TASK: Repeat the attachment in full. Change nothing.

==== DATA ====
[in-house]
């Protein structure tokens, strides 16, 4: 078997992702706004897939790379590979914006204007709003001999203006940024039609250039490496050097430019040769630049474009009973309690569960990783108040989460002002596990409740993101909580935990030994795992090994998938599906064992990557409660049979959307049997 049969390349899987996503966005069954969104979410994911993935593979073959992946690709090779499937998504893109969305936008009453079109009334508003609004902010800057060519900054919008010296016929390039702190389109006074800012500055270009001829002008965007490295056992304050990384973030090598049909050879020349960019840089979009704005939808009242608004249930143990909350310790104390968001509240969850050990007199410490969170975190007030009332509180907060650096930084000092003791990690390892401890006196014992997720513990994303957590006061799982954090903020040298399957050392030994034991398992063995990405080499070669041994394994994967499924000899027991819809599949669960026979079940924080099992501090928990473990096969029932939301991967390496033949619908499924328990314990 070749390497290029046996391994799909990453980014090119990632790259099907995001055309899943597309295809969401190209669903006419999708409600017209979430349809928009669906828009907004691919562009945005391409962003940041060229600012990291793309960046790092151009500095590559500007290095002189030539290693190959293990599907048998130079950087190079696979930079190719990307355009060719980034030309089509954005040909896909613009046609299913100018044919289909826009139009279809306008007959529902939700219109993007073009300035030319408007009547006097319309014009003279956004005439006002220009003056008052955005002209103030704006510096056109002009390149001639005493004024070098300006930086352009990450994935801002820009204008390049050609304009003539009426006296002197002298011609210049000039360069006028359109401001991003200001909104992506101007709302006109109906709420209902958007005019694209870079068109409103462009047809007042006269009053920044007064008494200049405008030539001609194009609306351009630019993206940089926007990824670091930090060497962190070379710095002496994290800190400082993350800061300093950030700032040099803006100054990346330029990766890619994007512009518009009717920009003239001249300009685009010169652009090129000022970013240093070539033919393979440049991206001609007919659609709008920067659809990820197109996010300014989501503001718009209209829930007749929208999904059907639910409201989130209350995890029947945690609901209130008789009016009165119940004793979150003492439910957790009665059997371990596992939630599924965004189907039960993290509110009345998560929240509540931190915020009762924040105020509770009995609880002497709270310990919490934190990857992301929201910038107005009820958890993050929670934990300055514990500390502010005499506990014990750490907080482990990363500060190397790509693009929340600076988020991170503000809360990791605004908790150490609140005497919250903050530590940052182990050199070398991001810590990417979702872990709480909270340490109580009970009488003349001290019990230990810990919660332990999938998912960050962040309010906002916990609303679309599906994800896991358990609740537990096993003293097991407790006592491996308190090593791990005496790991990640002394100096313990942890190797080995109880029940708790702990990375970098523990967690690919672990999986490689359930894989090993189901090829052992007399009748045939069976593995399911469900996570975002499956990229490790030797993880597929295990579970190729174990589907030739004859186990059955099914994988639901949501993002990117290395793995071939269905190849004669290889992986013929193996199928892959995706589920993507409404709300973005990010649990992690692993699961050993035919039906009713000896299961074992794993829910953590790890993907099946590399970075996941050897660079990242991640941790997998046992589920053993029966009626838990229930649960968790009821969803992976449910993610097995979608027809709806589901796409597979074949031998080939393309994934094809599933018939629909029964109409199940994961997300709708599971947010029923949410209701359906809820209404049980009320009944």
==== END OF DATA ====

[in-house]
């Protein structure tokens, strides 16, 4: 078997992702706004897939790379590979914006204007709003001999203006940024039609250039490496050097430019040769630049474009009973309690569960990783108040989460002002596990409740993101909580935990030994795992090994998938599906064992990557409660049979959307049997 049969390349899987996503966005069954969104979410994911993935593979073959992946690709090779499937998504893109969305936008009453079109009334508003609004902010800057060519900054919008010296016929390039702190389109006074800012500055270009001829002008965007490295056992304050990384973030090598049909050879020349960019840089979009704005939808009242608004249930143990909350310790104390968001509240969850050990007199410490969170975190007030009332509180907060650096930084000092003791990690390892401890006196014992997720513990994303957590006061799982954090903020040298399957050392030994034991398992063995990405080499070669041994394994994967499924000899027991819809599949669960026979079940924080099992501090928990473990096969029932939301991967390496033949619908499924328990314990 070749390497290029046996391994799909990453980014090119990632790259099907995001055309899943597309295809969401190209669903006419999708409600017209979430349809928009669906828009907004691919562009945005391409962003940041060229600012990291793309960046790092151009500095590559500007290095002189030539290693190959293990599907048998130079950087190079696979930079190719990307355009060719980034030309089509954005040909896909613009046609299913100018044919289909826009139009279809306008007959529902939700219109993007073009300035030319408007009547006097319309014009003279956004005439006002220009003056008052955005002209103030704006510096056109002009390149001639005493004024070098300006930086352009990450994935801002820009204008390049050609304009003539009426006296002197002298011609210049000039360069006028359109401001991003200001909104992506101007709302006109109906709420209902958007005019694209870079068109409103462009047809007042006269009053920044007064008494200049405008030539001609194009609306351009630019993206940089926007990824670091930090060497962190070379710095002496994290800190400082993350800061300093950030700032040099803006100054990346330029990766890619994007512009518009009717920009003239001249300009685009010169652009090129000022970013240093070539033919393979440049991206001609007919659609709008920067659809990820197109996010300014989501503001718009209209829930007749929208999904059907639910409201989130209350995890029947945690609901209130008789009016009165119940004793979150003492439910957790009665059997371990596992939630599924965004189907039960993290509110009345998560929240509540931190915020009762924040105020509770009995609880002497709270310990919490934190990857992301929201910038107005009820958890993050929670934990300055514990500390502010005499506990014990750490907080482990990363500060190397790509693009929340600076988020991170503000809360990791605004908790150490609140005497919250903050530590940052182990050199070398991001810590990417979702872990709480909270340490109580009970009488003349001290019990230990810990919660332990999938998912960050962040309010906002916990609303679309599906994800896991358990609740537990096993003293097991407790006592491996308190090593791990005496790991990640002394100096313990942890190797080995109880029940708790702990990375970098523990967690690919672990999986490689359930894989090993189901090829052992007399009748045939069976593995399911469900996570975002499956990229490790030797993880597929295990579970190729174990589907030739004859186990059955099914994988639901949501993002990117290395793995071939269905190849004669290889992986013929193996199928892959995706589920993507409404709300973005990010649990992690692993699961050993035919039906009713000896299961074992794993829910953590790890993907099946590399970075996941050897660079990242991640941790997998046992589920053993029966009626838990229930649960968790009821969803992976449910993610097995979608027809709806589901796409597979074949031998080939393309994934094809599933018939629909029964109409199940994961997300709708599971947010029923949410209701359906809820209404049980009320009944």